Since I didn’t know anything about the topic, I figure it’s best to read up on its history. As the name clearly states it, the clothing has all to do with the Islamic religion and the Muslim tradition- not the location, not the nationality or race.
According to the Muslim tradition, “the honor of the family resides in the conduct of its women.” “Honor depends on a woman remaining chaste; should she be violated in any way, the men of the family risk being seen as weak and perhaps even being ostracized. Thus, in order to be respected by men, and protected from them, in public a woman should not flout her looks.”
Based on their Qu’ranic principle, women are to “dress modestly in public.”; that is the key. How you define modestly varies from one region to the other. But all in all, Muslim women cover all parts of the body except face and hands. And for public, they mean in the eyes of not only men who are not the woman’s father or brothers, but also in the eyes of women who are not Muslims. According to this, Muslim women must dress modestly whether they appear in front of men or non-Muslim women. An interesting point indeed.
We have seen pictures of Muslim women in dark veils. Most Muslim women today do not wear a full face veil, but wear a scarf called hijab around the head and under the chin. There are several styles and reasons for wearing hijabs- some for religious purpose, but also as traditional clothing.
In the old days, wearing veils is only for royal family, and the rich. Peasants, slaves and prostitutes are not allowed to wear veils. In fact, they would be slashed if disobeyed. So, actually veil wearing was a status symbol only for the rich and powerful. “For a woman to assume a protective veil and stay primarily within the house was a sign that her family had the means to enable her to do so.”
Later on when there was pressure for their community to adapt to the Western way of life, there was a pressure for the women to leave their veil and hijab behind for the modern clothing. A number of Muslim women resist for various reasons: political reasons (you cannot make me abandon my veils if I don’t want to), the sudden banning of veils frightened some, a move against the evil of the West, etc. As a compromise, hijab has been adopted by many as a middle grown. Women can still move around outside their home wearing hijab and still fulfil their traditional/ religious requirements.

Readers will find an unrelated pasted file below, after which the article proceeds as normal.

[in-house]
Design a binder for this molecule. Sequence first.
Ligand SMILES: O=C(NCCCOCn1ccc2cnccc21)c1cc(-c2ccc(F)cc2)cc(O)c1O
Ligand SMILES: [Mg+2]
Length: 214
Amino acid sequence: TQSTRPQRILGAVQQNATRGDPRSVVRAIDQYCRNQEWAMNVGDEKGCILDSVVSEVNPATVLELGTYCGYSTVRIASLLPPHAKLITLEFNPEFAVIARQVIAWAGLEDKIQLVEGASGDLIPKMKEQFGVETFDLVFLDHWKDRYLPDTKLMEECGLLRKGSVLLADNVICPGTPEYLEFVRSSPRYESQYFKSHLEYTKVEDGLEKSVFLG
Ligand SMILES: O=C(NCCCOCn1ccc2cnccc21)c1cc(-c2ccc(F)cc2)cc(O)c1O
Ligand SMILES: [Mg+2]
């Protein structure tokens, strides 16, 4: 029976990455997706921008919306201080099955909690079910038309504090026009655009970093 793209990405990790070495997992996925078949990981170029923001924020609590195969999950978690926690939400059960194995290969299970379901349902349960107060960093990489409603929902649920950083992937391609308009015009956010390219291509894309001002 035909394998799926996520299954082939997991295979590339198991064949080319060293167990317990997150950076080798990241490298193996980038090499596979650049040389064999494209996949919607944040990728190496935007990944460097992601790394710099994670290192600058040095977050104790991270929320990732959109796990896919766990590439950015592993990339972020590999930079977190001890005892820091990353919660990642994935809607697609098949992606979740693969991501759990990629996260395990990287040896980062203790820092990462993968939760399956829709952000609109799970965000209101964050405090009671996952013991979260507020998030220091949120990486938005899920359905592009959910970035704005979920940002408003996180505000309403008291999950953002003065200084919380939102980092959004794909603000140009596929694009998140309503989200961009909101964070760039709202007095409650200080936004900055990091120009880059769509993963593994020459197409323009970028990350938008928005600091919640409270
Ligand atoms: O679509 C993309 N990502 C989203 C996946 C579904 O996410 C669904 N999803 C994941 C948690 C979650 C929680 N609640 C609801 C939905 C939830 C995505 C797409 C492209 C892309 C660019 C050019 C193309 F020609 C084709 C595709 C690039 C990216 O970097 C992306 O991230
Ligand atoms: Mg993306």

To make the matter even more complicated, the lower middle classes around the world tend to be defended in the face of change. A number of rural women in Indonesia and the Philippines resist and feel threatened. “Muslim women began to dress more conservatively as a way to assert who they were.” Some took “part in veiled and silent demonstrations, or could even hide weapons under long robes.” Modernization was seen as negative by many. “Wearing hijab came to symbolize not the inferiority of the culture in comparison to western ways, but its uniqueness and superiority.”
Today there is a trend to revive and create Islamic movements. Women continue to take up hijab as the modest covering.
The Islamic code of dress is observed both for men and women. As women are not to show any body parts except face and hands, the indecent part for men to show in public include the body from the navel to the knee. So, designing men shorts for Muslim is not a good idea.
Women are not to wear any clothes made of thin and/ see-through fabric, or the light can go through. Even hair net is prohibited. Both men and women are not allowed any body-hugging clothes or show contours of the body. Only loose-hanging clothes are allowed. No spandex please.
For men, gold or silk is not allowed either, as they are feminine in nature. Again, silk shirt for men with gold trimming is out. Enough as the background, next time we’ll get into the demand. You’d be so impressed with the size and market potential. Stay tuned.
http://www.womeninworldhistory.com/essay-01.html, Historical Perspectives On Islamic Dress
http://www.inter-islam.org/Actions/clothing.htm, Islamic Clothing